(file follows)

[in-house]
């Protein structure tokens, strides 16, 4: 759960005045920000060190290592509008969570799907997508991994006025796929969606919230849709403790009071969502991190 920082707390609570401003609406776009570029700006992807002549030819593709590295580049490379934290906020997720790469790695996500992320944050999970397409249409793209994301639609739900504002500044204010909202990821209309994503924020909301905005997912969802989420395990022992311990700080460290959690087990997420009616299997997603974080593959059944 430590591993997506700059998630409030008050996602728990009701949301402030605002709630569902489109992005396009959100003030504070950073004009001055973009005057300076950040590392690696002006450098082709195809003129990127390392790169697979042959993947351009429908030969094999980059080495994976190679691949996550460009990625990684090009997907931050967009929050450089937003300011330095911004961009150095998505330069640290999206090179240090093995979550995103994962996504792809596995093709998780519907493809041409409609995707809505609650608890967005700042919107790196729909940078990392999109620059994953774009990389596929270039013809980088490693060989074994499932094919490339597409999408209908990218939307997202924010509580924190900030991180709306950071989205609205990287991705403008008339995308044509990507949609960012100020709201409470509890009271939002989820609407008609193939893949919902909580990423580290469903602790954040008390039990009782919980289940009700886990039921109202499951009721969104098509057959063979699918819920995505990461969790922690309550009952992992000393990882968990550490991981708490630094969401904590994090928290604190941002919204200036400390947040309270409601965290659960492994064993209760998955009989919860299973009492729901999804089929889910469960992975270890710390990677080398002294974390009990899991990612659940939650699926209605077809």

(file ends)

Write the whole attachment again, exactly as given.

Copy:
[in-house]
């Protein structure tokens, strides 16, 4: 759960005045920000060190290592509008969570799907997508991994006025796929969606919230849709403790009071969502991190 920082707390609570401003609406776009570029700006992807002549030819593709590295580049490379934290906020997720790469790695996500992320944050999970397409249409793209994301639609739900504002500044204010909202990821209309994503924020909301905005997912969802989420395990022992311990700080460290959690087990997420009616299997997603974080593959059944 430590591993997506700059998630409030008050996602728990009701949301402030605002709630569902489109992005396009959100003030504070950073004009001055973009005057300076950040590392690696002006450098082709195809003129990127390392790169697979042959993947351009429908030969094999980059080495994976190679691949996550460009990625990684090009997907931050967009929050450089937003300011330095911004961009150095998505330069640290999206090179240090093995979550995103994962996504792809596995093709998780519907493809041409409609995707809505609650608890967005700042919107790196729909940078990392999109620059994953774009990389596929270039013809980088490693060989074994499932094919490339597409999408209908990218939307997202924010509580924190900030991180709306950071989205609205990287991705403008008339995308044509990507949609960012100020709201409470509890009271939002989820609407008609193939893949919902909580990423580290469903602790954040008390039990009782919980289940009700886990039921109202499951009721969104098509057959063979699918819920995505990461969790922690309550009952992992000393990882968990550490991981708490630094969401904590994090928290604190941002919204200036400390947040309270409601965290659960492994064993209760998955009989919860299973009492729901999804089929889910469960992975270890710390990677080398002294974390009990899991990612659940939650699926209605077809």